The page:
The first time i had sooji biscuits, they were thrusted into my hands, freshly baked no less, with my mum exclaiming how good they were. She had just stepped out of her friend’s place, armed with a whole tub of these tiny little balls. I had no idea what they were but they sure smelled incredibly good. One biscuit- one crunchy, buttery biscuit- was all it took. I was hooked.
According to the ever trusty Wikipedia, what’s known as sooji in India is semolina to the rest of the world. I really am not too fond of semolina, after having to use up an entire bag of semolina my sister had purchased by mistake. Long story short, that loaf of semolina bread- sans a tiny chunk for taste testing purposes- resides in the deep far end of my freezer, hoping it’ll see the light of the day someday. Yeah sure. someday in Neverland maybe.
So i guess it’s a good (although very odd) thing that this particular recipe i chanced upon didn’t call for any semolina at all. It did however call for an entire tub of ghee, or clarified butter commonly used in Indian cooking. But if that’s what it takes to get my little buttery balls of goodness, that was what i was going to use. Oddly enough as well, one of the steps the recipe included was to leave the biscuit mixture at room temperature for four hours before baking. I don’t know what the reason for leaving the dough out is but skipping that whole waiting process didn’t seem to have affected the texture of the biscuits.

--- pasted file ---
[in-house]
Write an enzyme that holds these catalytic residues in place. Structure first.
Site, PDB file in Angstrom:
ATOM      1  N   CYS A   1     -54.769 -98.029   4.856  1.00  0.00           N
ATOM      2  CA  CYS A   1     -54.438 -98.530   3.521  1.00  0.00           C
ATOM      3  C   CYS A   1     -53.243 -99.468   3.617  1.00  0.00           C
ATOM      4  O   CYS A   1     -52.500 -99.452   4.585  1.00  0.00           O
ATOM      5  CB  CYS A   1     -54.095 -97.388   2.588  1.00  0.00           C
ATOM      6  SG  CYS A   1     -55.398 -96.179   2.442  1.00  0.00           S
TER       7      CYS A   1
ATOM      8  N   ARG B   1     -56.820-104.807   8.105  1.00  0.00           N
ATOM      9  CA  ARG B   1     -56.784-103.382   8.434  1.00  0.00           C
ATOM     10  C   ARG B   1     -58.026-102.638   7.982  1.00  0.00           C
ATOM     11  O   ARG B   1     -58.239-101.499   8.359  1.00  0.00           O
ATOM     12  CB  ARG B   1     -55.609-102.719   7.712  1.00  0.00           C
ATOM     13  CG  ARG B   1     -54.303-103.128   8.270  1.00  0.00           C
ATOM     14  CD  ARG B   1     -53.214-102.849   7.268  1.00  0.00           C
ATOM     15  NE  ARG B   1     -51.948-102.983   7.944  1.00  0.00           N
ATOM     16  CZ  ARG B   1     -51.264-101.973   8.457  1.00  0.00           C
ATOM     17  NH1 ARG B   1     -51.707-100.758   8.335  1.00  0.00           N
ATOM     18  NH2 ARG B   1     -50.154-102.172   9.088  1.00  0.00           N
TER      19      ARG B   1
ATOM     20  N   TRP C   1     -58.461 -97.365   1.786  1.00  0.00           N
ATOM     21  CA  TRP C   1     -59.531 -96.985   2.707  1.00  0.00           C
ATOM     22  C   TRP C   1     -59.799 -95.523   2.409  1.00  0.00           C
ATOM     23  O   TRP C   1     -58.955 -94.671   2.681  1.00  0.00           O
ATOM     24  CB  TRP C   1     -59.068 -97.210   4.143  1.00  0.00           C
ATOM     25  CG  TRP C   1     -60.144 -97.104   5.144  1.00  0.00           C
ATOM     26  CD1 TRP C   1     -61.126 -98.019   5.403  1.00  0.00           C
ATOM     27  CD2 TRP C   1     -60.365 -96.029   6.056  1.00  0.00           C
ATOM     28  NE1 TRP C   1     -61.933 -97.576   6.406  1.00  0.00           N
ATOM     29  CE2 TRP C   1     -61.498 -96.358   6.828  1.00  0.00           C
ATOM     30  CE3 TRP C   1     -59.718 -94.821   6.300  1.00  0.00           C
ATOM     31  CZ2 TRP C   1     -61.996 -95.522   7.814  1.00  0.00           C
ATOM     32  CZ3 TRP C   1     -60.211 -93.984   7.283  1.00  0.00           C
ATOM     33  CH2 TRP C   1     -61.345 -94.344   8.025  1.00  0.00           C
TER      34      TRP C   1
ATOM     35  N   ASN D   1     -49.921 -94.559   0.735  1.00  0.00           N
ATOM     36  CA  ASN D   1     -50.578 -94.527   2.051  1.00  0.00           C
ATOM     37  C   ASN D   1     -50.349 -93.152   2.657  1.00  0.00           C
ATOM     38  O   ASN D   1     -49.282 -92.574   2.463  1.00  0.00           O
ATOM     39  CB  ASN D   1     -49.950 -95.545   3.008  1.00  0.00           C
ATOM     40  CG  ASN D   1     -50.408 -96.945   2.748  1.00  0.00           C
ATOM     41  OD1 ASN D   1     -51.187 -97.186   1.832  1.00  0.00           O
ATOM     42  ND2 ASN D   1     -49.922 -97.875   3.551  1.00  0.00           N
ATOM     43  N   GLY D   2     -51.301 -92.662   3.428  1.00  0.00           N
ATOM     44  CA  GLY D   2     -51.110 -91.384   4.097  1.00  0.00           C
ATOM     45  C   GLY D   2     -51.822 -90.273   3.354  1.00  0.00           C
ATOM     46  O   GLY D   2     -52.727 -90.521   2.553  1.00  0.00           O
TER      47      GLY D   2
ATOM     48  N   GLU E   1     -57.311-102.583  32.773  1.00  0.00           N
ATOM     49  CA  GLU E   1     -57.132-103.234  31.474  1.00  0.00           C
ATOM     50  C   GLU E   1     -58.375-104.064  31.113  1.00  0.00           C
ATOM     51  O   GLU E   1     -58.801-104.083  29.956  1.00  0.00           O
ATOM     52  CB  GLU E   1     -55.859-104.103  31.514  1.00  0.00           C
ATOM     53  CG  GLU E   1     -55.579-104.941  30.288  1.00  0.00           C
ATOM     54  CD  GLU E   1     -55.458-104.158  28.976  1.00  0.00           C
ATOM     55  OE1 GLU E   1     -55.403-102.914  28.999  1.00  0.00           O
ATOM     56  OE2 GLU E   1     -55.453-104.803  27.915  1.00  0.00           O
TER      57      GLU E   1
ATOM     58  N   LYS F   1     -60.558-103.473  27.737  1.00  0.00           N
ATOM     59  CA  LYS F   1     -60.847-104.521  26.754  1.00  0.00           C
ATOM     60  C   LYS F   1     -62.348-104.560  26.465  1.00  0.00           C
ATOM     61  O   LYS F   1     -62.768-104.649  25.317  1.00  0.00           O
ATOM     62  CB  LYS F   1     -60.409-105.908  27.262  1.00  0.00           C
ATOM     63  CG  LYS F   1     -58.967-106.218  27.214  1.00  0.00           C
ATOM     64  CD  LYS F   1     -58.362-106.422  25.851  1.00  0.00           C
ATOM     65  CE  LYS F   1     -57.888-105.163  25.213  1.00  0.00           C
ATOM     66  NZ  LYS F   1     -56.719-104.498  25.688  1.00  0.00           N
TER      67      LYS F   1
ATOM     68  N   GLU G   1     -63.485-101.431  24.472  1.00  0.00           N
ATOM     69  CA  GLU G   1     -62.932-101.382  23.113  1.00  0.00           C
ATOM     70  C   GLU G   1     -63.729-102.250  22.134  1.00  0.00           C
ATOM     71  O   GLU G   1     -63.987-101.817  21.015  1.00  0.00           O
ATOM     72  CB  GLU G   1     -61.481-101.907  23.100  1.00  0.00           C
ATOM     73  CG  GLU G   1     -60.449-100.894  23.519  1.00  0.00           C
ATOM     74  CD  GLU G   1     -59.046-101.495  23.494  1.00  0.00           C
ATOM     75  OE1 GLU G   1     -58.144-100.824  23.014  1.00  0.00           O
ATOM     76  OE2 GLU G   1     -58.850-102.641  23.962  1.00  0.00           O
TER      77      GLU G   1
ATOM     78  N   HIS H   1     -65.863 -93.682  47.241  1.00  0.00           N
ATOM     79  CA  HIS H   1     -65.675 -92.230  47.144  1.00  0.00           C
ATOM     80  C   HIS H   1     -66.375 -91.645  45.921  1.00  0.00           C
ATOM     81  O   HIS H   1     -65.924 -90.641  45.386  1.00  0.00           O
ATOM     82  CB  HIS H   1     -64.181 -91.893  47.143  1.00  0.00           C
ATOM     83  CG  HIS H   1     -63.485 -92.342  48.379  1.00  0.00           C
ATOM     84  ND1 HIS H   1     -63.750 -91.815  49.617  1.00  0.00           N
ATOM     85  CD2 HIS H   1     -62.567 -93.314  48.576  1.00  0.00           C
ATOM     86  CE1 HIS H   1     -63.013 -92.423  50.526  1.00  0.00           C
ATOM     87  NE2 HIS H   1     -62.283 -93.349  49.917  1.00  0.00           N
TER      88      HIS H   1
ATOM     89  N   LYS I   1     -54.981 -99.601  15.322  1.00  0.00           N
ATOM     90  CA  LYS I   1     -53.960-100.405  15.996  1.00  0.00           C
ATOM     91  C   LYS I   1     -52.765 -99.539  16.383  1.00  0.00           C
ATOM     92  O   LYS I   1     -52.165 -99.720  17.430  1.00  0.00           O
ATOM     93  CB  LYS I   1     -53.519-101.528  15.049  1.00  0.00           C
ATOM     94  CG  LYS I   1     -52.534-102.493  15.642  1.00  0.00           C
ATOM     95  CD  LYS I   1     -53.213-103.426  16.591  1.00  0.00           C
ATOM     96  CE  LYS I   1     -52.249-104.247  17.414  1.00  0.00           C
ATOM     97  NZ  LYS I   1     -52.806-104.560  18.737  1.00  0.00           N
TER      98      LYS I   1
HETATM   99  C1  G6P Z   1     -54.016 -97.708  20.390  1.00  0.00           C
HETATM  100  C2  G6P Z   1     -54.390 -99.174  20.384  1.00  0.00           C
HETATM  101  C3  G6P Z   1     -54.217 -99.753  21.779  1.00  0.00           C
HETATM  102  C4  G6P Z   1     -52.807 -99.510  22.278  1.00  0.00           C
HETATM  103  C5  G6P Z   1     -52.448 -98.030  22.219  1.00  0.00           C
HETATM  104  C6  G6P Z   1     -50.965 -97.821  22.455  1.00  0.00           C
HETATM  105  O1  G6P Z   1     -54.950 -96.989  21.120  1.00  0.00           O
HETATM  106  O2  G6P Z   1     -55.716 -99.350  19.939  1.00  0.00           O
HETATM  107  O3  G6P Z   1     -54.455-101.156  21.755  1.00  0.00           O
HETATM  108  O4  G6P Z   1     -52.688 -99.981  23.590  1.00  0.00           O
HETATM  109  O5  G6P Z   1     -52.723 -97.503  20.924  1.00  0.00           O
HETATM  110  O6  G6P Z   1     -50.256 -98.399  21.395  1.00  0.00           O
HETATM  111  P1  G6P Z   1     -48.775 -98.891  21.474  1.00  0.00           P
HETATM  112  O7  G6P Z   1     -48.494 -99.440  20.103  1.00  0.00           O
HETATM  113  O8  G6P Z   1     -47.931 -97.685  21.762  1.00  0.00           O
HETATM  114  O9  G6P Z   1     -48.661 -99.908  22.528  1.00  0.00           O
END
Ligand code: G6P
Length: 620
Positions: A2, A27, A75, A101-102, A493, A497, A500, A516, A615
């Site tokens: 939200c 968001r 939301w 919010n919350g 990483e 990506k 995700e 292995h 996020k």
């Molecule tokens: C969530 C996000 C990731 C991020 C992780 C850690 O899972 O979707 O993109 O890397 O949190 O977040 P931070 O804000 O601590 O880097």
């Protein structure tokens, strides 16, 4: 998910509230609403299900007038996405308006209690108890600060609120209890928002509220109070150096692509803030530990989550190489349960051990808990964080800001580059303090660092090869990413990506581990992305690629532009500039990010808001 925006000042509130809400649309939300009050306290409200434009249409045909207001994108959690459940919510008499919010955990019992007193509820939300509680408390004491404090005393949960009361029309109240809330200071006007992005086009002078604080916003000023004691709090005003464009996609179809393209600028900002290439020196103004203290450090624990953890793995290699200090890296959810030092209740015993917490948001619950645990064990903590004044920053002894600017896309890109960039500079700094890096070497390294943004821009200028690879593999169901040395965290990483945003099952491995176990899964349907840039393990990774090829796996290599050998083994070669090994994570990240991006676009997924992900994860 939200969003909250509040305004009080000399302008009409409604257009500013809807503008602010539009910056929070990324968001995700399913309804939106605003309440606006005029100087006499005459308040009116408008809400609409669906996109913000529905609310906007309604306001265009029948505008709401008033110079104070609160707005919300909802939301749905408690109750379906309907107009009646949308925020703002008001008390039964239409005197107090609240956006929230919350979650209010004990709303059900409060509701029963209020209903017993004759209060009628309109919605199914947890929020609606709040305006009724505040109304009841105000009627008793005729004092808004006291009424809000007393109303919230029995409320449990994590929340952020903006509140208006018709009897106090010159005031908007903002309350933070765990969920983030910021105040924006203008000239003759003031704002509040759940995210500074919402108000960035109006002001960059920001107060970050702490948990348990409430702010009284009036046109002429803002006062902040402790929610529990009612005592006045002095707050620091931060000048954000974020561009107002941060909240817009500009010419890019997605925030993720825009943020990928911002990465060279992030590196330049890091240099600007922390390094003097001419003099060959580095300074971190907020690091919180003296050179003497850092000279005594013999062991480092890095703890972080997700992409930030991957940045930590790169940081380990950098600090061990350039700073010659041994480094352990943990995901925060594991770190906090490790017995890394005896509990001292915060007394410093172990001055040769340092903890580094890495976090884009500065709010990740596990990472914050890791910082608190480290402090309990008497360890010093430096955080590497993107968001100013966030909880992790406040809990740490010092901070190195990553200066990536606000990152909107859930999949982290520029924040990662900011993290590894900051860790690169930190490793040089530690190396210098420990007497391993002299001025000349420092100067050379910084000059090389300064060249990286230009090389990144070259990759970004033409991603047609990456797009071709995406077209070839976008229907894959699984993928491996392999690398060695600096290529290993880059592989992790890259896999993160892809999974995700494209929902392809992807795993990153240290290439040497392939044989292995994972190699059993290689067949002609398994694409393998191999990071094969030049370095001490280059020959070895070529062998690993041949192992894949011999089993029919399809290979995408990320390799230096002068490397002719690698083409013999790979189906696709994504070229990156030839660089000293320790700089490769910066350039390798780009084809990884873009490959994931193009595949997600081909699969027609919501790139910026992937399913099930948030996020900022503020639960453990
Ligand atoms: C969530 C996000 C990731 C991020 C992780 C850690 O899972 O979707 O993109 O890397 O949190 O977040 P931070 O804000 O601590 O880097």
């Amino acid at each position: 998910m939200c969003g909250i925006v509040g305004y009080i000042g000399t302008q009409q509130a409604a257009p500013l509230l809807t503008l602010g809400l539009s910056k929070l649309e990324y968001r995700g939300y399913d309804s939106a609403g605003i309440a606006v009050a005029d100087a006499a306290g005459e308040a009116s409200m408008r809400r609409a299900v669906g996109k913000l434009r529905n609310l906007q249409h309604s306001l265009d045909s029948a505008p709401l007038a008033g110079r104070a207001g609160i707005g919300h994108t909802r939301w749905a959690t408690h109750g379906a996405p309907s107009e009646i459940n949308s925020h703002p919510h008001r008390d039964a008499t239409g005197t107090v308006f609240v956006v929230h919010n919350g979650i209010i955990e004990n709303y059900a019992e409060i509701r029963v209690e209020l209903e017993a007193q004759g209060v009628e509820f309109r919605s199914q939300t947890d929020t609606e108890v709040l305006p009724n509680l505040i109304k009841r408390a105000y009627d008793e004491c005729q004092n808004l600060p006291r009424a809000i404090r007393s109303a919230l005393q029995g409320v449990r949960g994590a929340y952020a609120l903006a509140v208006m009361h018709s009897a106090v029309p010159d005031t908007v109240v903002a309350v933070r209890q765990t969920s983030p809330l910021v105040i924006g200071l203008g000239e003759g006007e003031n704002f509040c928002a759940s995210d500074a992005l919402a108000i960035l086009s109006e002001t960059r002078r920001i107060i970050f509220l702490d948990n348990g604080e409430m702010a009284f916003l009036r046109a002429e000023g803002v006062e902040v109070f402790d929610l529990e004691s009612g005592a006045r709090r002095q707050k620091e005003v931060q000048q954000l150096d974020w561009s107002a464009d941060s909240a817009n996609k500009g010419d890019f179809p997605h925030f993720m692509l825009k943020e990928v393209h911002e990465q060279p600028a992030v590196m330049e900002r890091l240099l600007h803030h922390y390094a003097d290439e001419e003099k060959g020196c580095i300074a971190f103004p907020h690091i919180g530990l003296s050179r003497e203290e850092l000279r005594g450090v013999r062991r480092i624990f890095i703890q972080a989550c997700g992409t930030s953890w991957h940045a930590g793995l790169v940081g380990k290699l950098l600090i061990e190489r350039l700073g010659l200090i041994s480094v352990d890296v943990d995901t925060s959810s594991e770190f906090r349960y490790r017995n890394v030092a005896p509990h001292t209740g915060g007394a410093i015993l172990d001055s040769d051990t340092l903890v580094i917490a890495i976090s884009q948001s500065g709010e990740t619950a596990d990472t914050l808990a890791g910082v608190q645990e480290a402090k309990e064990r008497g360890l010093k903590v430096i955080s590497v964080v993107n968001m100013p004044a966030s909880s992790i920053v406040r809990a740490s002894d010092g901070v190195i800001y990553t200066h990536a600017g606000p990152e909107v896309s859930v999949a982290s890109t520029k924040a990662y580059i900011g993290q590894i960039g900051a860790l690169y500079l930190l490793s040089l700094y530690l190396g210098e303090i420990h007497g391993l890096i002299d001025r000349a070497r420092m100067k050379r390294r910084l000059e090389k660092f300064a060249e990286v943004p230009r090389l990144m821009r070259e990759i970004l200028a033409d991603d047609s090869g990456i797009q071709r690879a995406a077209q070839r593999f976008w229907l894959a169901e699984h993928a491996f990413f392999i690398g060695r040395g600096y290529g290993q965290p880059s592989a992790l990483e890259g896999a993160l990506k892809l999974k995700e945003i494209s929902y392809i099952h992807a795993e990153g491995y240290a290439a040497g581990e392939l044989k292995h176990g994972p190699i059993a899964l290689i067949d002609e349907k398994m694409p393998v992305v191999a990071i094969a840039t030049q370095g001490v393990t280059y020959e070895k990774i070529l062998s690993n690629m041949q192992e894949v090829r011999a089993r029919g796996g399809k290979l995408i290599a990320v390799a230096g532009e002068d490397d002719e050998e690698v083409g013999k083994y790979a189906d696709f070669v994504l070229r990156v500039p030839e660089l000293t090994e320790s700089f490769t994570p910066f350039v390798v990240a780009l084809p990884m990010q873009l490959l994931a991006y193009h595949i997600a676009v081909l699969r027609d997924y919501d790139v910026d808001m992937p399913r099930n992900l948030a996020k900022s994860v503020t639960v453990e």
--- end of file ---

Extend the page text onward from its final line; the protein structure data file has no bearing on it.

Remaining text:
They were exactly like how i remembered my first sooji biscuit to be- except so much better. I intentionally underbaked them just a little; they firmed up as they cooled so they had a buttery, melt in your mouth feel.
Be warned though that given the size of these tiny babies, the recipe makes a hell lot of cookies (i easily got 300). But their tiny size (as all minute things go, they trick you into doubting how much harm can one or two or fifty of them can do till you polished off the entire bottle- not that i would know) and their irresistible texture, they will disappear a lot faster than you think.
Sooji Biscuits [adapted from Mrs Leong Yee Soo’s Singaporean Cooking]
455g ghee (i used an entire tub of QBB ghee)
340g icing sugar
795g plain flour
Pinch of salt
- Preheat oven to 120C. Line as many baking trays as you have with aluminum foil and set aside.
- Using an electric mixer, cream ghee and icing sugar together for about 5 minutes. Slowly add flour and salt, mixing till a soft dough forms.
- With slightly moistened hands, shape 1/4 teaspoonfuls of dough into little balls. Place them about 1 inch apart on prepared baking sheets. Bake a tray at a time for about 20 to 25 minutes, rotating halfway through. The biscuits should have an ivory tinge and still be a little soft when you take them out of the oven- they will firm up as they cool. Makes easily 300 little biscuits